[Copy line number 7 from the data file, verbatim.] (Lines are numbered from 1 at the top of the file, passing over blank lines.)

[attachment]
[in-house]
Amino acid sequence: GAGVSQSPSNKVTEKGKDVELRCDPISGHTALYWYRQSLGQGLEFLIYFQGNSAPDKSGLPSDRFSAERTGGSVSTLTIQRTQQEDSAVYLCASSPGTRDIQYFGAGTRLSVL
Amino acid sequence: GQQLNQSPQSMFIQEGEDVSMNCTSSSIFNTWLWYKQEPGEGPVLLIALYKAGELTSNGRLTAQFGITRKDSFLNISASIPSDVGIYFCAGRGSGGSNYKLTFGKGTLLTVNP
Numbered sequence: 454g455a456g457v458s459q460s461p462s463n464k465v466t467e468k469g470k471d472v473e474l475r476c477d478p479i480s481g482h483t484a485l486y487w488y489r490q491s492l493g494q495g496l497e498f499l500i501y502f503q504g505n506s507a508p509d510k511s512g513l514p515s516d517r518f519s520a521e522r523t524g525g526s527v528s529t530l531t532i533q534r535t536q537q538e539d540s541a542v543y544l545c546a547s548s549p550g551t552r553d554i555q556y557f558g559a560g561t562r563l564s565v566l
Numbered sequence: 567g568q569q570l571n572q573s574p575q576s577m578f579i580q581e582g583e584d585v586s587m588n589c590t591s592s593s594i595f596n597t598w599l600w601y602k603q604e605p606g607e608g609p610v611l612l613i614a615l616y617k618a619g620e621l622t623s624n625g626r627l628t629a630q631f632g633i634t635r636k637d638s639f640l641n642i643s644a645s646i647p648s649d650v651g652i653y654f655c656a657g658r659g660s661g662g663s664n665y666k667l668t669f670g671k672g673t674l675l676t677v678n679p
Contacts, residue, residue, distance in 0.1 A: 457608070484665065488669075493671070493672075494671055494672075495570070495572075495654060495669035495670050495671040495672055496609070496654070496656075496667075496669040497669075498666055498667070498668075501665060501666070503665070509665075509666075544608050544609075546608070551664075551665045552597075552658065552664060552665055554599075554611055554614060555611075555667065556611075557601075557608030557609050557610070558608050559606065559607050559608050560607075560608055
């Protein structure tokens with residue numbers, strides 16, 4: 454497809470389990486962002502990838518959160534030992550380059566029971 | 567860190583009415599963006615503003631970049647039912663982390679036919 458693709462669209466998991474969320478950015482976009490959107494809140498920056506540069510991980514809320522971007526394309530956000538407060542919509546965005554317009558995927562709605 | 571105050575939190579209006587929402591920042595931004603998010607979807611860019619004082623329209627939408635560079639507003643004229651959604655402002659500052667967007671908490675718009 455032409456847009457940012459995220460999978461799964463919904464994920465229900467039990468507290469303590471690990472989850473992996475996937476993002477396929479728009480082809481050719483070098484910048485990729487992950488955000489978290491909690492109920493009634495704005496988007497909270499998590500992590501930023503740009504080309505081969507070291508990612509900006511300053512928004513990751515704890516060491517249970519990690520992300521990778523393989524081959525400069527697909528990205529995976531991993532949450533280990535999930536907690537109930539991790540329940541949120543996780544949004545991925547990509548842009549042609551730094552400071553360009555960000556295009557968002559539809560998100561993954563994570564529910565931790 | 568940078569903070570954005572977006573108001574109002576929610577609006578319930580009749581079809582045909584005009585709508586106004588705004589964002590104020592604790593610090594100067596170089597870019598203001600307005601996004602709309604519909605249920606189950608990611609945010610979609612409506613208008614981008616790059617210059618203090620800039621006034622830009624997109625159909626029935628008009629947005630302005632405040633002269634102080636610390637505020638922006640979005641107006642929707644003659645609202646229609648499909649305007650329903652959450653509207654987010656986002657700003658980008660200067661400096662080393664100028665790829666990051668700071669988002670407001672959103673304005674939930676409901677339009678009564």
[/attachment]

């Protein structure tokens with residue numbers, strides 16, 4: 454497809470389990486962002502990838518959160534030992550380059566029971 | 567860190583009415599963006615503003631970049647039912663982390679036919 458693709462669209466998991474969320478950015482976009490959107494809140498920056506540069510991980514809320522971007526394309530956000538407060542919509546965005554317009558995927562709605 | 571105050575939190579209006587929402591920042595931004603998010607979807611860019619004082623329209627939408635560079639507003643004229651959604655402002659500052667967007671908490675718009 455032409456847009457940012459995220460999978461799964463919904464994920465229900467039990468507290469303590471690990472989850473992996475996937476993002477396929479728009480082809481050719483070098484910048485990729487992950488955000489978290491909690492109920493009634495704005496988007497909270499998590500992590501930023503740009504080309505081969507070291508990612509900006511300053512928004513990751515704890516060491517249970519990690520992300521990778523393989524081959525400069527697909528990205529995976531991993532949450533280990535999930536907690537109930539991790540329940541949120543996780544949004545991925547990509548842009549042609551730094552400071553360009555960000556295009557968002559539809560998100561993954563994570564529910565931790 | 568940078569903070570954005572977006573108001574109002576929610577609006578319930580009749581079809582045909584005009585709508586106004588705004589964002590104020592604790593610090594100067596170089597870019598203001600307005601996004602709309604519909605249920606189950608990611609945010610979609612409506613208008614981008616790059617210059618203090620800039621006034622830009624997109625159909626029935628008009629947005630302005632405040633002269634102080636610390637505020638922006640979005641107006642929707644003659645609202646229609648499909649305007650329903652959450653509207654987010656986002657700003658980008660200067661400096662080393664100028665790829666990051668700071669988002670407001672959103673304005674939930676409901677339009678009564």